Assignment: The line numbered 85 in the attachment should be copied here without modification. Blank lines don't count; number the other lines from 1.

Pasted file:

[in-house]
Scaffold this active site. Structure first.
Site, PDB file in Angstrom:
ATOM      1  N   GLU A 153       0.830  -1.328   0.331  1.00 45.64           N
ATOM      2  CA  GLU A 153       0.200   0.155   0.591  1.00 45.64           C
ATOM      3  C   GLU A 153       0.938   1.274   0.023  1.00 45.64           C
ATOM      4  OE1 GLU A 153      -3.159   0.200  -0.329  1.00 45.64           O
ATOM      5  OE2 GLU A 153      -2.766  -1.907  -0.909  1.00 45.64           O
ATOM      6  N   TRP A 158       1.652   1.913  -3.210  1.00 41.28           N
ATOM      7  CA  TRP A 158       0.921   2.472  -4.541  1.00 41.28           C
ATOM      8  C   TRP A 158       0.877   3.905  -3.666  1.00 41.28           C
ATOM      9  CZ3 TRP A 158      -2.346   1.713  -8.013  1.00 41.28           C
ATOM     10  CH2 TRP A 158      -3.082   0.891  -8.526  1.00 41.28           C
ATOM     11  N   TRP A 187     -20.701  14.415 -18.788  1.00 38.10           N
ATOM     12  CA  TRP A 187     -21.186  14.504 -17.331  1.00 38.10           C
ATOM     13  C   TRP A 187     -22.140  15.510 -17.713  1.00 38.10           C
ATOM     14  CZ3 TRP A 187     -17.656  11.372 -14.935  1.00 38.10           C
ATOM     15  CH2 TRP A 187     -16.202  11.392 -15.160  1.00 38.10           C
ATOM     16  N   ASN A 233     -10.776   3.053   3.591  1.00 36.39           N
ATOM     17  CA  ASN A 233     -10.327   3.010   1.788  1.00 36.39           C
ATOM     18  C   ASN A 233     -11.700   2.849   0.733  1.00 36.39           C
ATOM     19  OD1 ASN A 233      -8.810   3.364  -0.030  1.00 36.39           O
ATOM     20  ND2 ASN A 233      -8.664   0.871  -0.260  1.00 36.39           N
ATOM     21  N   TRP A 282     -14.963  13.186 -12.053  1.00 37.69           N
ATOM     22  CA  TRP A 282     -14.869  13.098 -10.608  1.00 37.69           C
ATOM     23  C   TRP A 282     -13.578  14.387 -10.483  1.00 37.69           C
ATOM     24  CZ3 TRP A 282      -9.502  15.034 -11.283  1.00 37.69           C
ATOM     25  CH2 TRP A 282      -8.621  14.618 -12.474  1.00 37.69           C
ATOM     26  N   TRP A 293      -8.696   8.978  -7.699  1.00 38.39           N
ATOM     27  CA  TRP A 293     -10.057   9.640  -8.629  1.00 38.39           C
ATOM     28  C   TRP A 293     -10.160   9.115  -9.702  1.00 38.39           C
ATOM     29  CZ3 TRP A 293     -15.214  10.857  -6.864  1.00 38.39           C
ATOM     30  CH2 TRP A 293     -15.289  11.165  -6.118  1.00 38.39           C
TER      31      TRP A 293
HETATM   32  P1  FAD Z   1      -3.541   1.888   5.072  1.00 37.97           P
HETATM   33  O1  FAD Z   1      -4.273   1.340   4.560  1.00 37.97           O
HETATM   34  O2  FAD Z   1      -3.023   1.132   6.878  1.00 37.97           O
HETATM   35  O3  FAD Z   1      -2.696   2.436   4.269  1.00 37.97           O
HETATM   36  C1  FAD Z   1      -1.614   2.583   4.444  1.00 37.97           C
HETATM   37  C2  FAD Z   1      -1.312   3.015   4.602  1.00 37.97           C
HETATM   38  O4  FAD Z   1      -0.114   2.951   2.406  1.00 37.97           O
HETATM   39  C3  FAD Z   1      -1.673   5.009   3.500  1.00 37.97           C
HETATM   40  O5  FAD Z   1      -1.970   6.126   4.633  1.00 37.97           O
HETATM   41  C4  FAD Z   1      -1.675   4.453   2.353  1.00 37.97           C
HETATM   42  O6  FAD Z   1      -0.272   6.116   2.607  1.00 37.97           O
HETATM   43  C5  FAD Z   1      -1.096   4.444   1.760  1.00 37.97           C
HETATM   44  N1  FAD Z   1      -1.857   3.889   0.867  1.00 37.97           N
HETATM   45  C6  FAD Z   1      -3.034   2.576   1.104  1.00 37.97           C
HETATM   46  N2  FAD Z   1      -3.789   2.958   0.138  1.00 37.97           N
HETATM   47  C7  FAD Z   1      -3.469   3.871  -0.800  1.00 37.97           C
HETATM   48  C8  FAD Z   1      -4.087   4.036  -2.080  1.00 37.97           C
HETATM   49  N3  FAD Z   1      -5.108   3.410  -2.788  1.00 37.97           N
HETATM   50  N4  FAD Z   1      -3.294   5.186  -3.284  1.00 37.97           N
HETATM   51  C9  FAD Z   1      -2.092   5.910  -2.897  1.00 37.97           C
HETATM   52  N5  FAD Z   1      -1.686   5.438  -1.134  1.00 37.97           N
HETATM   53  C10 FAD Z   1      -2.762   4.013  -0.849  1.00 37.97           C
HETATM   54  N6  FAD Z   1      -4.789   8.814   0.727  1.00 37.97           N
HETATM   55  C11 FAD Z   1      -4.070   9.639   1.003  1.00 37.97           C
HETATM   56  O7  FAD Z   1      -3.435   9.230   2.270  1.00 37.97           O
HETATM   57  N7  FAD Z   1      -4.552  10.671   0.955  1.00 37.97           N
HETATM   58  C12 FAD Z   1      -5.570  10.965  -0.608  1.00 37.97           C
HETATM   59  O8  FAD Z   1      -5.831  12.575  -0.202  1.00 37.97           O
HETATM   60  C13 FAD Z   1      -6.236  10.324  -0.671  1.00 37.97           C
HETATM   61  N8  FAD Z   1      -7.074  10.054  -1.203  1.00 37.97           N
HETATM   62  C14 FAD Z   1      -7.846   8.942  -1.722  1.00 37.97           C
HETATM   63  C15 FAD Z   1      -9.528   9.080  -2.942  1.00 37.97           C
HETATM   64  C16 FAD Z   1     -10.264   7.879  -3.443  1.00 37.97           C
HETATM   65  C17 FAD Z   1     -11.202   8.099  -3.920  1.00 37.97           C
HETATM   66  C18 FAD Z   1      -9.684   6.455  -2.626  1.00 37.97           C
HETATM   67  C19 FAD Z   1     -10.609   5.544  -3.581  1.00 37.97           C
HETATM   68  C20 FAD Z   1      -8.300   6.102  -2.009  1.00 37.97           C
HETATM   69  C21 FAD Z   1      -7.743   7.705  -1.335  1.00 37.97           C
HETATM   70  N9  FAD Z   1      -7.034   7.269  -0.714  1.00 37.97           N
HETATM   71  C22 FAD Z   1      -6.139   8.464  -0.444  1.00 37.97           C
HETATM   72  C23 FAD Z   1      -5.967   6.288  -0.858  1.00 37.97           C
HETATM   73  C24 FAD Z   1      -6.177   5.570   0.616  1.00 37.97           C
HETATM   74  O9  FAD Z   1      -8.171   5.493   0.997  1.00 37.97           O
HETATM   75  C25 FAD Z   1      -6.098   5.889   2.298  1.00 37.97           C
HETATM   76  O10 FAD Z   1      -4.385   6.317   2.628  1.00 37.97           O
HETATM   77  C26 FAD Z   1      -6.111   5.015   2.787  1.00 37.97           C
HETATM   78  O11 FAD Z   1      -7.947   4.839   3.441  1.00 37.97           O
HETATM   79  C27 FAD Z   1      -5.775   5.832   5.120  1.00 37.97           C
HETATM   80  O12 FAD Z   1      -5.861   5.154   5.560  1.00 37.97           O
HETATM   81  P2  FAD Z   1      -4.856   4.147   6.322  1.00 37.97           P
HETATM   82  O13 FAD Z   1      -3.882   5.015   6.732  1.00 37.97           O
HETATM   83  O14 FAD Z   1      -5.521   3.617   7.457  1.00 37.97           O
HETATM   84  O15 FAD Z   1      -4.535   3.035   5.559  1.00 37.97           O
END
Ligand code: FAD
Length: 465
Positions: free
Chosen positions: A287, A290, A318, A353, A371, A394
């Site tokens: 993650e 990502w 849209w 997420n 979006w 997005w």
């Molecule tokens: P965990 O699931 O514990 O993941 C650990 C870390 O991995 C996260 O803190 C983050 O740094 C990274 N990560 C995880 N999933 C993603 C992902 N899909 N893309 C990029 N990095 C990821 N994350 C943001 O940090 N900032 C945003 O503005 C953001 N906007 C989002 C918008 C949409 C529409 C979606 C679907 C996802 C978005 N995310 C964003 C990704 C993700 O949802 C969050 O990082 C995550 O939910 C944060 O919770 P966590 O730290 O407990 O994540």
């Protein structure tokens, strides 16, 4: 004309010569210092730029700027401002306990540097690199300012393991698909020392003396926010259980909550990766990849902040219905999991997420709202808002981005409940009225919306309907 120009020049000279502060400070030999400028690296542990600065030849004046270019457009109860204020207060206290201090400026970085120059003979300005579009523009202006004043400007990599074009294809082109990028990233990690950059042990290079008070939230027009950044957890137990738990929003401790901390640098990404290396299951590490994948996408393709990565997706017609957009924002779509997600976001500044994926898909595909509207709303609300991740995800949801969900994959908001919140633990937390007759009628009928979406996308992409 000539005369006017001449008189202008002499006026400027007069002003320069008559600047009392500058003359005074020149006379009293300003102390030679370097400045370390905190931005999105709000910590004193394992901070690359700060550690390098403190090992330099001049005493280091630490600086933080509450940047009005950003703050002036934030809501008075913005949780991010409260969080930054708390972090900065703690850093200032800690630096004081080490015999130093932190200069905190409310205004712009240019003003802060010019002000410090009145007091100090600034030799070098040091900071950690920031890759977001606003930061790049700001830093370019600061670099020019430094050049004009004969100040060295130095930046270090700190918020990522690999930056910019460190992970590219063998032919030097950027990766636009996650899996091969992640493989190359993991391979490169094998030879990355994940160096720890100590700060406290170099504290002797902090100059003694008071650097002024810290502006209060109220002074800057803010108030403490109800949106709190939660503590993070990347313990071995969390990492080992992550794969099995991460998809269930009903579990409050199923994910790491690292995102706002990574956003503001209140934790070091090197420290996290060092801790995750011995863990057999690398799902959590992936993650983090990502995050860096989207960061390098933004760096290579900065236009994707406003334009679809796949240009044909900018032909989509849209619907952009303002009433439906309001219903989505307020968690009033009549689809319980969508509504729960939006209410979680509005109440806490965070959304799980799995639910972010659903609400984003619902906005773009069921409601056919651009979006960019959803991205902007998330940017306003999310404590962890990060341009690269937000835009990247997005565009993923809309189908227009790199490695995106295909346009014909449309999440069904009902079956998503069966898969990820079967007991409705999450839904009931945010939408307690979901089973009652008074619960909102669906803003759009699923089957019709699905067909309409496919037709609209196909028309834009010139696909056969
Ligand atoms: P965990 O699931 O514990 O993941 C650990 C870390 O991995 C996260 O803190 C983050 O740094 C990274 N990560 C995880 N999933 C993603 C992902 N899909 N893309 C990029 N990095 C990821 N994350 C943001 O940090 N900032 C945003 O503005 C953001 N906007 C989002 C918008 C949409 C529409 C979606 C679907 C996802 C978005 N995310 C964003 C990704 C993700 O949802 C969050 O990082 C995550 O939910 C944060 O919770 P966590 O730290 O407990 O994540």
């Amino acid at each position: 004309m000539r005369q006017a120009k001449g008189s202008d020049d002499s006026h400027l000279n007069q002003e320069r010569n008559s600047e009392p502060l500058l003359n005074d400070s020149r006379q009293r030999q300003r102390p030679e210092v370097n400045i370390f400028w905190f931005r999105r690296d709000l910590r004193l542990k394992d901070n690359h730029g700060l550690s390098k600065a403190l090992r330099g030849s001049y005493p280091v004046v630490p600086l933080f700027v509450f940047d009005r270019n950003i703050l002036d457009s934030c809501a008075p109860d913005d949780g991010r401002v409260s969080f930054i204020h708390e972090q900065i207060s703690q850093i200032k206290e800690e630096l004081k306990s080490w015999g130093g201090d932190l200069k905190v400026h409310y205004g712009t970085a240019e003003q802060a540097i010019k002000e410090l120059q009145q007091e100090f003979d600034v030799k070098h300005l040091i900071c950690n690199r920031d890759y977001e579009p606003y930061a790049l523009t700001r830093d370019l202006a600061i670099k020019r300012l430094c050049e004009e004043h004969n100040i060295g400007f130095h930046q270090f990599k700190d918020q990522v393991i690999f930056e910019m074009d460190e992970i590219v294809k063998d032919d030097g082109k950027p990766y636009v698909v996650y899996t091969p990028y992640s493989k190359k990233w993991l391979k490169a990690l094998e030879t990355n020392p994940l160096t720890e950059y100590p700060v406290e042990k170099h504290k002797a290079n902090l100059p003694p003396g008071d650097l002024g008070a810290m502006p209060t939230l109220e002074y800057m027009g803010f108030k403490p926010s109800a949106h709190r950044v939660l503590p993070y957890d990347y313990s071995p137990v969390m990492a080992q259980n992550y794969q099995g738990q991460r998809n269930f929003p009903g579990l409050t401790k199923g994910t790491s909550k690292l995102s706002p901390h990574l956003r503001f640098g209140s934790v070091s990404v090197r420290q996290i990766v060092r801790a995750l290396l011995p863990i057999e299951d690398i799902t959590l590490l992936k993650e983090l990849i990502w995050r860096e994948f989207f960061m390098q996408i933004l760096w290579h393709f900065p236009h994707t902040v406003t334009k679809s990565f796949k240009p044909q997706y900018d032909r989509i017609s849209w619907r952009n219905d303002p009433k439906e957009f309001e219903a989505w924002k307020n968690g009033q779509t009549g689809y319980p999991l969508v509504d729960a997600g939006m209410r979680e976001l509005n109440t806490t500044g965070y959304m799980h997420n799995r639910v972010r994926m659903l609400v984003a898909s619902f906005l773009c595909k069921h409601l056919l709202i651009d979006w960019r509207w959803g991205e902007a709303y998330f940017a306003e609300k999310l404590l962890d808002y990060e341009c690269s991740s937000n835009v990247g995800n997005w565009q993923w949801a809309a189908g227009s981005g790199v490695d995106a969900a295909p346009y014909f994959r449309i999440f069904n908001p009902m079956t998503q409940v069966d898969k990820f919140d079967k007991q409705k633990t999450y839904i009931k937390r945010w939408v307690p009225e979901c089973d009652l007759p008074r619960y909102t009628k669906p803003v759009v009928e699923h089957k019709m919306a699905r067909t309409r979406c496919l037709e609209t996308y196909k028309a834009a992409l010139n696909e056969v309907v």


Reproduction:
HETATM   82  O13 FAD Z   1      -3.882   5.015   6.732  1.00 37.97           O